ARS involves a total dose of greater than 0.7 Gy (70 rad) delivered within a few minutes. There are 3 main types: bone marrow (hematopoietic), gastrointestinal, and neurovascular. The speed of symptom onset is related to the level of radiation exposure.
The cells that are most affected are generally those that are rapidly dividing (remember that ionizing radiation ionizes atoms/molecules + break chemical bonds!).
At high doses, the damage may be irreparable. Repeated complete blood counts (CBCs) can indicate the severity of exposure
Treatment may include blood transfusions, antibiotics, colony-stimulating factors, or stem cell transplant. Radioactive material remaining on the skin or in the stomach should be removed. If radioiodine was inhaled or ingested, potassium iodide is recommended.
Any cancers that develop later are managed as usual. Short term outcomes depend on the dose exposure
Acute Radiation Sickness Cont.
Early symptoms of ARS typically include nausea/vomiting, headaches, fatigue, fever, and a short period of skin reddening. These symptoms may occur at radiation doses as low as 0.35 Gy. These symptoms are common to many illnesses, and may not (by themselves) indicate acute radiation sickness.
- Hematopoietic (0.7 to 10 Gy) - Marked by a drop in the number of blood cells (aplastic anemia) which may result in infections (due to a low number of white blood cells), bleeding (due to a lack of platelets), + anemia, (due to too few red blood cells in circulation). These changes can be detected by blood tests after receiving a whole-body acute dose as low as 0.25 grays (25 rad), though they might never be felt by the patient if the dose is below 1 gray (100 rad). Conventional trauma and burns resulting from a bomb blast are complicated by the poor wound healing caused by hematopoietic syndrome, increasing mortality.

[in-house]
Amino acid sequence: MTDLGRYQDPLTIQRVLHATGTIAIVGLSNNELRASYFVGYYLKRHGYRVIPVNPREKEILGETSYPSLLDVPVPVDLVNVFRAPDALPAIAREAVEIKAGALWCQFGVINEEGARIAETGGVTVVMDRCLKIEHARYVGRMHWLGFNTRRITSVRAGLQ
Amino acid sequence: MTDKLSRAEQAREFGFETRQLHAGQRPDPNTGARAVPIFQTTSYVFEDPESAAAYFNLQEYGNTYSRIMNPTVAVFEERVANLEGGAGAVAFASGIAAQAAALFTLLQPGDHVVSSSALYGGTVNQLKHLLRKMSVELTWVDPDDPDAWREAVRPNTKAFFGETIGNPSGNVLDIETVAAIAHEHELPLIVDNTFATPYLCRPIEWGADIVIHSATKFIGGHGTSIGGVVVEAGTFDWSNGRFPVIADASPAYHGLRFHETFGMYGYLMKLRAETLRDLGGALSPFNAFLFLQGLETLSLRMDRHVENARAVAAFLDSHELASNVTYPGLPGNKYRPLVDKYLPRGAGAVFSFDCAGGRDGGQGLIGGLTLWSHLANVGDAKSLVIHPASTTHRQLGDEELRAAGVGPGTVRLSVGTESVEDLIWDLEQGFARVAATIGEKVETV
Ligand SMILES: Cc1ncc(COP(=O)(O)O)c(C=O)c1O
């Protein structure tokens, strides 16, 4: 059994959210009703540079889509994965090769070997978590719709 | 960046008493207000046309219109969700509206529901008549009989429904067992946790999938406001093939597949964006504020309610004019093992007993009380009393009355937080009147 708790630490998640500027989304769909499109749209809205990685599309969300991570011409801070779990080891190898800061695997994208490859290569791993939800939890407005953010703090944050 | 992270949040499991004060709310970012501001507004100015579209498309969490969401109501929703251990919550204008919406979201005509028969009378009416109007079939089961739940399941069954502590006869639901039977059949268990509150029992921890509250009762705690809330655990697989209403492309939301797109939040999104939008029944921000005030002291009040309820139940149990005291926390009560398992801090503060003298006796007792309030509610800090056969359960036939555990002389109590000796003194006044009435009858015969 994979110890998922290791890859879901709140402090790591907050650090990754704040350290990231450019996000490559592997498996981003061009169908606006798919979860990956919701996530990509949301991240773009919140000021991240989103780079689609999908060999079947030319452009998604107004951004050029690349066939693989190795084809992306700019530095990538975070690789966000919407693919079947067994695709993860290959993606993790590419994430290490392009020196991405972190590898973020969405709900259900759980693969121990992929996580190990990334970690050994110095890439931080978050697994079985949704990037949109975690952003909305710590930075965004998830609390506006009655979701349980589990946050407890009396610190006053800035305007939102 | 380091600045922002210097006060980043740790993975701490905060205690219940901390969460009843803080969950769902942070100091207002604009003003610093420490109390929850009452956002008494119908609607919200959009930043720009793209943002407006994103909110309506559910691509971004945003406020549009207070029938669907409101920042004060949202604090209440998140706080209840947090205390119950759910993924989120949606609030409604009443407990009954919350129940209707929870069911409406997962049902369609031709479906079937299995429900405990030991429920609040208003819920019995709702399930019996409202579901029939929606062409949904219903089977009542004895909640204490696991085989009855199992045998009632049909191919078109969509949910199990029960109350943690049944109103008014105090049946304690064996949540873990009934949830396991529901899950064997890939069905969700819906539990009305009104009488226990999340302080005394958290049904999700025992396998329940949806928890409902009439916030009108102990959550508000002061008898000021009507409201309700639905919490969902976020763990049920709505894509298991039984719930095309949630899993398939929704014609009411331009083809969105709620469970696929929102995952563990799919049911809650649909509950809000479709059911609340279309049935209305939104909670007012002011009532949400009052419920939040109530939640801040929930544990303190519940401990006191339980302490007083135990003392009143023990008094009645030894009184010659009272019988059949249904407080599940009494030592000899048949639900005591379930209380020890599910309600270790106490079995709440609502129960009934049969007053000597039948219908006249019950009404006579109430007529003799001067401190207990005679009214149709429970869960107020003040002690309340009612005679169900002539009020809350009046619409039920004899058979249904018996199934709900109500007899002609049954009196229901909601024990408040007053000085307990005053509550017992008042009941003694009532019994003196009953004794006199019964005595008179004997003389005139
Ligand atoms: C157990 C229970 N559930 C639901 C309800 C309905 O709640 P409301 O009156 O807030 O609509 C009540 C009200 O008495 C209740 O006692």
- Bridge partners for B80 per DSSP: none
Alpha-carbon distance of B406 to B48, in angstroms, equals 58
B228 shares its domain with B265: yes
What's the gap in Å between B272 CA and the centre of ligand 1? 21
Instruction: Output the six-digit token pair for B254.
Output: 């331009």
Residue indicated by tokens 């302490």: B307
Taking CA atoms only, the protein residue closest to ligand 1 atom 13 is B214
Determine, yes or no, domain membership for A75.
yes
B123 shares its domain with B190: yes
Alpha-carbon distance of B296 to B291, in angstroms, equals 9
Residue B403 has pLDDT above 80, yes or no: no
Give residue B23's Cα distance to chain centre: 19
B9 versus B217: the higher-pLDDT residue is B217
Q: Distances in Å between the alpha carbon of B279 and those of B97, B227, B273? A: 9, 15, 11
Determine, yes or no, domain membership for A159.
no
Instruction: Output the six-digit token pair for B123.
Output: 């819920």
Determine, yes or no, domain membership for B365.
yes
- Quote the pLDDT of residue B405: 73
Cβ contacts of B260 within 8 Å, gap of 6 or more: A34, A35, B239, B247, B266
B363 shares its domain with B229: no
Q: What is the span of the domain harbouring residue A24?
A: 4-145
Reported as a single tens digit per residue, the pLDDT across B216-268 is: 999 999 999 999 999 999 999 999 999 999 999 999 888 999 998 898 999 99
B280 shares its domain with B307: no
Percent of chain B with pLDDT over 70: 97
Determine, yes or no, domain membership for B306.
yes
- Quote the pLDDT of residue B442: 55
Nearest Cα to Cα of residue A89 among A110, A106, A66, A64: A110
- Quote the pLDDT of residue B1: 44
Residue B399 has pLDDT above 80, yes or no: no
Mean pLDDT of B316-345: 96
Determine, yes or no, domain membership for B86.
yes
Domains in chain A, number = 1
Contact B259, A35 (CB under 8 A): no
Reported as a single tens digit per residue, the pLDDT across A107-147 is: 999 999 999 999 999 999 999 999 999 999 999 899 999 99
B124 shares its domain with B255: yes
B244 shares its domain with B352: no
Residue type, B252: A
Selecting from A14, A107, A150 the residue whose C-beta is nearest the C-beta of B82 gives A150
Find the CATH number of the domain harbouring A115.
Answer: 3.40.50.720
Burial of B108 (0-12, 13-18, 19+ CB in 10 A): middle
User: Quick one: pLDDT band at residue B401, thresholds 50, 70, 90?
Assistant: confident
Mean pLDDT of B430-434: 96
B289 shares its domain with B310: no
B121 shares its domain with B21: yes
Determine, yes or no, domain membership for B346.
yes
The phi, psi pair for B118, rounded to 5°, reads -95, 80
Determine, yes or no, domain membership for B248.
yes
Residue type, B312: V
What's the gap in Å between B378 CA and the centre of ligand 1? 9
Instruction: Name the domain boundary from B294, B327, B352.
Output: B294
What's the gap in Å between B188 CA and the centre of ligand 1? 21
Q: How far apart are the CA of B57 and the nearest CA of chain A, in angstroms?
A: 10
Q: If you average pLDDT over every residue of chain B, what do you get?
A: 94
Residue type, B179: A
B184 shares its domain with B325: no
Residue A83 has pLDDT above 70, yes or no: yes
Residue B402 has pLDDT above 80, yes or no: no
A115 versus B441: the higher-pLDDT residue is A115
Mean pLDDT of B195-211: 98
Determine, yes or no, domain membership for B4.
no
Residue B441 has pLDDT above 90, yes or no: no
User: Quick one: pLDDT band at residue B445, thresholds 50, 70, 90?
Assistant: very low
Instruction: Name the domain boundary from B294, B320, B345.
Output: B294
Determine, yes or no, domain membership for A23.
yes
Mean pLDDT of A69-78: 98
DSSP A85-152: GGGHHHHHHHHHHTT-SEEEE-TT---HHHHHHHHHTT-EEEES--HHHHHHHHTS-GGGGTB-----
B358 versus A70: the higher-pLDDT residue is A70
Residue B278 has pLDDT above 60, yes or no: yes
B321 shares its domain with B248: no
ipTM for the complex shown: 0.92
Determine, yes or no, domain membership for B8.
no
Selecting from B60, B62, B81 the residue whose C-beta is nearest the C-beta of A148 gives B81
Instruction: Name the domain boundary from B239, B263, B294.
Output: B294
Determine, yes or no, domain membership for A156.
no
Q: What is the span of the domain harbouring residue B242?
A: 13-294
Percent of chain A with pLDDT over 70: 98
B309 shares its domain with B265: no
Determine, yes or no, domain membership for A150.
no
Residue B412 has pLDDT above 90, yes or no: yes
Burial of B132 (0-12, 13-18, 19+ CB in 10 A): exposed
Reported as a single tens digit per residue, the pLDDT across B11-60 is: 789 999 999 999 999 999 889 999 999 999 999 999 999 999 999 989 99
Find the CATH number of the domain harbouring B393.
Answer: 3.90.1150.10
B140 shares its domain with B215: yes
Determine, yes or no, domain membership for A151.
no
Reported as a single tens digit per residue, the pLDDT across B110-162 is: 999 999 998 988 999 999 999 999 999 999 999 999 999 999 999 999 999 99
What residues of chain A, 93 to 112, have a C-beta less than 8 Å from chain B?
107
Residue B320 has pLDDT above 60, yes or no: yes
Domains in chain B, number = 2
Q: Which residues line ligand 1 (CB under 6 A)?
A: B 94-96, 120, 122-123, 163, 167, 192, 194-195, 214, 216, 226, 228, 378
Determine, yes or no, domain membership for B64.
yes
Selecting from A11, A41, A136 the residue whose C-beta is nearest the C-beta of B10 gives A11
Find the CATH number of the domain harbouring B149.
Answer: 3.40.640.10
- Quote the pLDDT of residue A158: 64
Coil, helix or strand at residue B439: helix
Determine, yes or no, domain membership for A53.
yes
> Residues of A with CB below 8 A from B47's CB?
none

- Gastrointestinal (6 to 30 Gy) - Symptoms include nausea, vomiting, loss of appetite, and abdominal pain. Vomiting in this time frame is a marker for whole body exposures that are in the fatal range above 4 grays. Without exotic treatment such as bone marrow transplant, death with this dose is common (due generally more to infection than gastrointestinal dysfunction).
- Neurovascular (10 to 30+ Gy) - Symptoms include dizziness, headache, or decreased level of consciousness, occurring within minutes to a few hours, with an ABSENSE of vomiting. Almost always fatal, even with aggressive intensive care.
WHY do i love Radiation?
As mentioned on the biohazard page, an invisible source of illness and death is so fascinating to me. Unlike some biohazards, ionizing radiation can't be seen, heard, smelled, tasted, or felt... This is because there's no evolutionary advantage to detecting it.
While it's incredibly unlikely to experience things such as Acute Radiation Sickness, the case studies and research done on individuals who have experienced it have truly shocked me to the core.
We experience radiation damage from UV rays every single day, but because we can't detect UV rays it can be easy to forget that we face radiation head on every time we walk outside...
Essentially, I love radiation because it's an undetectable, powerful force that we have harnessed for war, for electrical power, and for medical purposes. the real question is... how can you NOT love radiation?
GAMES (I LIKE) WITH RADIOACTIVE ELEMENTS
- Fallout series (Especially Fallout 3):
- LISA: The Painful:
- Half-Life 2: